The Future of Digital Healthcare

We are very excited to be hosting our very first podcast with a special guest, Orbit advisor — Werner Boeing. From overcoming dyslexia at an early age to establishing himself as an industry leader, Werner has spent his career managing and implementing the use of information technologies. He has over 30 years of experience leading and transforming multinational organizations across an array of industries from automotive to healthcare. Currently, he is working on his own startup, evisory, where he is focused on helping and advising healthcare startup founders and industry leaders to pressure test and co-create their business strategies.

Join us as we ask Werner questions about the future of digital healthcare, how corporations and startups can better partner with one another, and more. Listen in as Werner offers advice to founders and deep dives into the role of data in healthcare. Listen below!


As we continue to emerge out of COVID-19, it has become evident that the current healthcare system faces many challenges. From the need for more support for our healthcare professionals (HCPs) to creating a more patient-centric experience, healthcare needs change. When asked “Where do you see the future of digital healthcare?” Werner very concisely said,

The future of healthcare is digital.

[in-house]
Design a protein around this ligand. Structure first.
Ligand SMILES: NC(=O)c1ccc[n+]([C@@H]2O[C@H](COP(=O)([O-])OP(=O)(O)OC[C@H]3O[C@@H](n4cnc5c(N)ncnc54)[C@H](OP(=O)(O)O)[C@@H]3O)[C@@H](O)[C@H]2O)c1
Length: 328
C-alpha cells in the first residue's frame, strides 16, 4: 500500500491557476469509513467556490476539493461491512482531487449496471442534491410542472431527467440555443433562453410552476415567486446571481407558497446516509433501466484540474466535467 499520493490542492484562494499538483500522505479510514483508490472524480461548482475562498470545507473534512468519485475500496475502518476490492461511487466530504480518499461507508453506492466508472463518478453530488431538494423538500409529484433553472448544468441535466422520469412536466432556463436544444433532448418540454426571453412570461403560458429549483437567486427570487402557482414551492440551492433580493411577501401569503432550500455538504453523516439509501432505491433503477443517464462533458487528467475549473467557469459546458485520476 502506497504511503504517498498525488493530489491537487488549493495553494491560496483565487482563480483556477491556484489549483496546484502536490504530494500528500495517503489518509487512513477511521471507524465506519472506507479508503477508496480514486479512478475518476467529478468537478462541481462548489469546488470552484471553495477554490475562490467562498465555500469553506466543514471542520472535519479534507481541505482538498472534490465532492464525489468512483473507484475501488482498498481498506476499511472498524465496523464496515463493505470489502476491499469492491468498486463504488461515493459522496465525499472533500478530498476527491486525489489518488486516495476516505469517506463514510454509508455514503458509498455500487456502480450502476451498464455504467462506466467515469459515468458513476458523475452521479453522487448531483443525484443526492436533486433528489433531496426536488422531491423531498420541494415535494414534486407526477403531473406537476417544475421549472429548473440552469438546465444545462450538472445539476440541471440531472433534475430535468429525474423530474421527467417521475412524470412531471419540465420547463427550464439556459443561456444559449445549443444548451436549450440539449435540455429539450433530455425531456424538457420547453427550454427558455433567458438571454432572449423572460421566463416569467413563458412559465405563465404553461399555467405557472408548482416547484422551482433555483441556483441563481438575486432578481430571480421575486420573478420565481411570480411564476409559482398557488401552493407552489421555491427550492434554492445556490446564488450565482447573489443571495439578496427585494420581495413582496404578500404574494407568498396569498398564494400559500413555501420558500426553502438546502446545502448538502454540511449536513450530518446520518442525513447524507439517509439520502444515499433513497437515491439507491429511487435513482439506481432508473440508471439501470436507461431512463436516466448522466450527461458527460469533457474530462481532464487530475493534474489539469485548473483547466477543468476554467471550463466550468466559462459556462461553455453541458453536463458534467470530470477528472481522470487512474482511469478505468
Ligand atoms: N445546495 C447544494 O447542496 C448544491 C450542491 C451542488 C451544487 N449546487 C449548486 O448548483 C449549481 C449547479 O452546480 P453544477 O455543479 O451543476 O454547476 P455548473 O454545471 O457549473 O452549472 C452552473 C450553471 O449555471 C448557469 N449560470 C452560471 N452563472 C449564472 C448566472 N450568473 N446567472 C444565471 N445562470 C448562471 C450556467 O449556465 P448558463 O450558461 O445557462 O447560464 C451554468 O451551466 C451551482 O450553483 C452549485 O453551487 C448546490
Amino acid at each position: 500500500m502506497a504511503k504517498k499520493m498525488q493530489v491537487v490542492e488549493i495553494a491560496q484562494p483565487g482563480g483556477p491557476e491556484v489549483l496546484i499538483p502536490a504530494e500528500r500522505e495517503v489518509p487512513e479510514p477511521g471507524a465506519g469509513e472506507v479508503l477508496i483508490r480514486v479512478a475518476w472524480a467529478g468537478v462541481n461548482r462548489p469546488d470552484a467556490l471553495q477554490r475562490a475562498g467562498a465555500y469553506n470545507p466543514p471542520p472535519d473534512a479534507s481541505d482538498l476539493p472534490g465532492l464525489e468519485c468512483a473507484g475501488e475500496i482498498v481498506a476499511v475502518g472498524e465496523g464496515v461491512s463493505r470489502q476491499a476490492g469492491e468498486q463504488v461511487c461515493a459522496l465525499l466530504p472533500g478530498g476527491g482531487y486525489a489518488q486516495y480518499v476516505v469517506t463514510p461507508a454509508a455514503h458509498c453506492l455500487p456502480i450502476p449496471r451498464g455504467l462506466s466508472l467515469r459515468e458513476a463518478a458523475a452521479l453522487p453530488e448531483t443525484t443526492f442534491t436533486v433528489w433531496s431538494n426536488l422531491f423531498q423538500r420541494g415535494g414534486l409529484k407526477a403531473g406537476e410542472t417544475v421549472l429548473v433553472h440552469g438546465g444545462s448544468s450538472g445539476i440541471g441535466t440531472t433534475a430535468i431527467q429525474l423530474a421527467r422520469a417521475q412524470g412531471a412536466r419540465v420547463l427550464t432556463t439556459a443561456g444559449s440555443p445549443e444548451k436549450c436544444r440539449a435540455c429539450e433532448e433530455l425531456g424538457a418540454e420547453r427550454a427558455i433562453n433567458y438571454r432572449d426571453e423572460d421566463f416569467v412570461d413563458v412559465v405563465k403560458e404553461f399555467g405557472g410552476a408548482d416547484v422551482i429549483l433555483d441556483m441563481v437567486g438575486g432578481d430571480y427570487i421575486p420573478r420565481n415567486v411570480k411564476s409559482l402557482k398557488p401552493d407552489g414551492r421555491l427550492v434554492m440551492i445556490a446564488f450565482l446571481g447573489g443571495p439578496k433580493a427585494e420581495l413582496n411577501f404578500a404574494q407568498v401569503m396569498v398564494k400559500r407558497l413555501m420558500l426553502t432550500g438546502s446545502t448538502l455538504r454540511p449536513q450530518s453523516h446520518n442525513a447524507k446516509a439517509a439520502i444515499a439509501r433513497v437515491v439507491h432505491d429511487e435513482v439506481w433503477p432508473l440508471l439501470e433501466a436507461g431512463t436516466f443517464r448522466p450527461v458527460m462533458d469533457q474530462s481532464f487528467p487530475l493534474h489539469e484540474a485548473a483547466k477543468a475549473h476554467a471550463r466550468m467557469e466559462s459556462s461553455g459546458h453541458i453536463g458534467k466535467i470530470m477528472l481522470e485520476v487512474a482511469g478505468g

Population growth, shortage of healthcare staff, financial pressure, and healthcare systems worldwide are facing a sustainability crisis. Transformation is on the way to create a more patient-centric, outcome-oriented future, and digital health is a major driving force. But, there are challenges. This paradigm shift is easily envisioned but difficult to implement.

Our podcast unpacks these challenges, explores the role of startups and corporations play in advancing digital healthcare while offering some friendly advice to startup founders. Below are highlights from our conversation with Werner.

Key Highlights

Andy: Where do you see the future of digital healthcare?

Werner: …The future of healthcare is going to be driven heavily by digital innovation. It’s easy to describe: outcome-oriented, patient-centric, all the known paradigm shifts that we all think about. Easily said but difficult to implement. If you look at the challenge that we have in the healthcare system at large: population growth, shortage of healthcare staff, financial challenges… it’s really difficult and we need to significantly rethink how we do things.

First, we need to support [our] healthcare workers, the nurses, the caregivers in the best way possible. We need to create an environment for them, that they’ll love. Only then can we bring quality care to the people that are in need so that people actually do what’s good for them and more often. I think that’s so important.

Then we need to objectify what healthcare outcome[s] actually [are] in a scalable way because we need to think about resource allocation in healthcare. We need to incentivize the right things for the right reasons. We’re not doing [this] at the moment. I’m really frustrated to see how in general the healthcare system looks at prevention. There’s a real misallocation of resources, because we don’t have a meaningful, common understanding of how we measure outcomes.

So here again, digital innovation will be a key component in allowing us to think differently about outcome measurement, interconnecting actions, and interventions. This will hopefully allow for broader systemic changes in healthcare, not by tools and individual solutions, but by changing the entire components of the healthcare system.